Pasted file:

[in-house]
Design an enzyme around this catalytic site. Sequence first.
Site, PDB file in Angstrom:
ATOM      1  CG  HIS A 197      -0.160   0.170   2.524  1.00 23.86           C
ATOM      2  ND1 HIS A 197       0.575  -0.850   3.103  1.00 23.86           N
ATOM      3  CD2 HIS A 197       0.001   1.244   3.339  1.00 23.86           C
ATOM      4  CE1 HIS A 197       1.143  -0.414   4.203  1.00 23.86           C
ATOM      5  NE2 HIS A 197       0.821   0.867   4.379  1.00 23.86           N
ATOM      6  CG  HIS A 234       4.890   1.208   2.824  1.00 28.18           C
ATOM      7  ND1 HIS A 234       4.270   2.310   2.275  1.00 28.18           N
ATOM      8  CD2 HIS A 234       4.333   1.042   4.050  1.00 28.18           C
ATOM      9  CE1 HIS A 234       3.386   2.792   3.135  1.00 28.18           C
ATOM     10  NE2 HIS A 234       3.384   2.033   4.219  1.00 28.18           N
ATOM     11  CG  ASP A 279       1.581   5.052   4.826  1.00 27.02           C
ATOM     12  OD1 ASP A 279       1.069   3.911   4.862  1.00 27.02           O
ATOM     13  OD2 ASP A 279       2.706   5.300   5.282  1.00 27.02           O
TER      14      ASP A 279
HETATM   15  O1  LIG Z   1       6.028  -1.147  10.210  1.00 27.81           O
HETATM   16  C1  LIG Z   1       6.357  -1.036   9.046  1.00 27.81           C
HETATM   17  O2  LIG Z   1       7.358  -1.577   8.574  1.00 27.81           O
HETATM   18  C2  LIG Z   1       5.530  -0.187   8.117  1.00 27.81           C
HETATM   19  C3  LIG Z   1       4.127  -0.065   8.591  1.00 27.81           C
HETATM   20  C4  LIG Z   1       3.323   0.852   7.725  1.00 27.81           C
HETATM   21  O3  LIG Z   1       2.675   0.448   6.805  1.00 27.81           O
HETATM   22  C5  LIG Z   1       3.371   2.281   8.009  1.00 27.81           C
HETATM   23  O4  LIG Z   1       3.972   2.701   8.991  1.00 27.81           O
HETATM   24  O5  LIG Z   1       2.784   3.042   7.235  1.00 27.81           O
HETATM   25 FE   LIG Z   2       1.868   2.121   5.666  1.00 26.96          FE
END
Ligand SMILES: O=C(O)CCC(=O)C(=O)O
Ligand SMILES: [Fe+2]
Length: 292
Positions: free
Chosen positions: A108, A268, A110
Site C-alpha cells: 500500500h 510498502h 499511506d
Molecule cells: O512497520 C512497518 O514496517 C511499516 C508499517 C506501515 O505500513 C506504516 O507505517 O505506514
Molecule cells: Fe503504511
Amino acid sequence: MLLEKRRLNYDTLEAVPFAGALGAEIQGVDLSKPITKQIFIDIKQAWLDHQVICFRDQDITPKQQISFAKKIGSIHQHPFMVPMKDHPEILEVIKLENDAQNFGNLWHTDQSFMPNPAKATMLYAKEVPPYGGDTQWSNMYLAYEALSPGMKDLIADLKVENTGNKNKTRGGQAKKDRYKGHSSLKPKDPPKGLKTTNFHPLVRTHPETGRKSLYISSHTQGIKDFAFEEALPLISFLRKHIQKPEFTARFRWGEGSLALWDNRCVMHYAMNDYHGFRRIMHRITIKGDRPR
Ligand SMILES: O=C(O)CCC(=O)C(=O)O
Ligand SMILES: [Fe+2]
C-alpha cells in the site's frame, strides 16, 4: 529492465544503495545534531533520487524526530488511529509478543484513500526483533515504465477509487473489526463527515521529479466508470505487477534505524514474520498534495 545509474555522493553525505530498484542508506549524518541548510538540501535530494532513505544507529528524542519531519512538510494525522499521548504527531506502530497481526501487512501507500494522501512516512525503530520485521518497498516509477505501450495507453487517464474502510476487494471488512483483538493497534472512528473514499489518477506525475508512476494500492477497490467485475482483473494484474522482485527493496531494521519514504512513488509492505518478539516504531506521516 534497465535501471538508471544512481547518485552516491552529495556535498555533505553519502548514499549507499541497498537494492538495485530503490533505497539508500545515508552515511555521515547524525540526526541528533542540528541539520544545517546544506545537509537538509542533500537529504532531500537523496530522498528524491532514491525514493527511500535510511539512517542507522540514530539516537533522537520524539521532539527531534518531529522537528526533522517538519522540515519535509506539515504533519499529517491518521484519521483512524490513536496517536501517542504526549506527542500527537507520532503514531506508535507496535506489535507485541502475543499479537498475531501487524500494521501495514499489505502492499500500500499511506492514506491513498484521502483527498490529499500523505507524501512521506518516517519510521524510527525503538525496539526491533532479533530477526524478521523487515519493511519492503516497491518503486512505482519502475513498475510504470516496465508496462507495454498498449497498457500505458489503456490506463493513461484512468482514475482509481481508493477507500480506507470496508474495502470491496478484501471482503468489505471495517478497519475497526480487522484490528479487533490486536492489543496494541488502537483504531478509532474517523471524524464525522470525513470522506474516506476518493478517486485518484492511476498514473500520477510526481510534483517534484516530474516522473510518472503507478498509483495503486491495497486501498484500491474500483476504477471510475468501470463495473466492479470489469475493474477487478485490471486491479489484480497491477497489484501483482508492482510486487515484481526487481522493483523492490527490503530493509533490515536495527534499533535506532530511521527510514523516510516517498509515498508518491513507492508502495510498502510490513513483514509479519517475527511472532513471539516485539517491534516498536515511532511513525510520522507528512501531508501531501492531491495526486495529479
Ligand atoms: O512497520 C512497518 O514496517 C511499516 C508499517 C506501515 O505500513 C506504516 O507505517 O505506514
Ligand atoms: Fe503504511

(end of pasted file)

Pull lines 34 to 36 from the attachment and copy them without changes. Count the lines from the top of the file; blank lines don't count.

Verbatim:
Chosen positions: A108, A268, A110
Site C-alpha cells: 500500500h 510498502h 499511506d
Molecule cells: O512497520 C512497518 O514496517 C511499516 C508499517 C506501515 O505500513 C506504516 O507505517 O505506514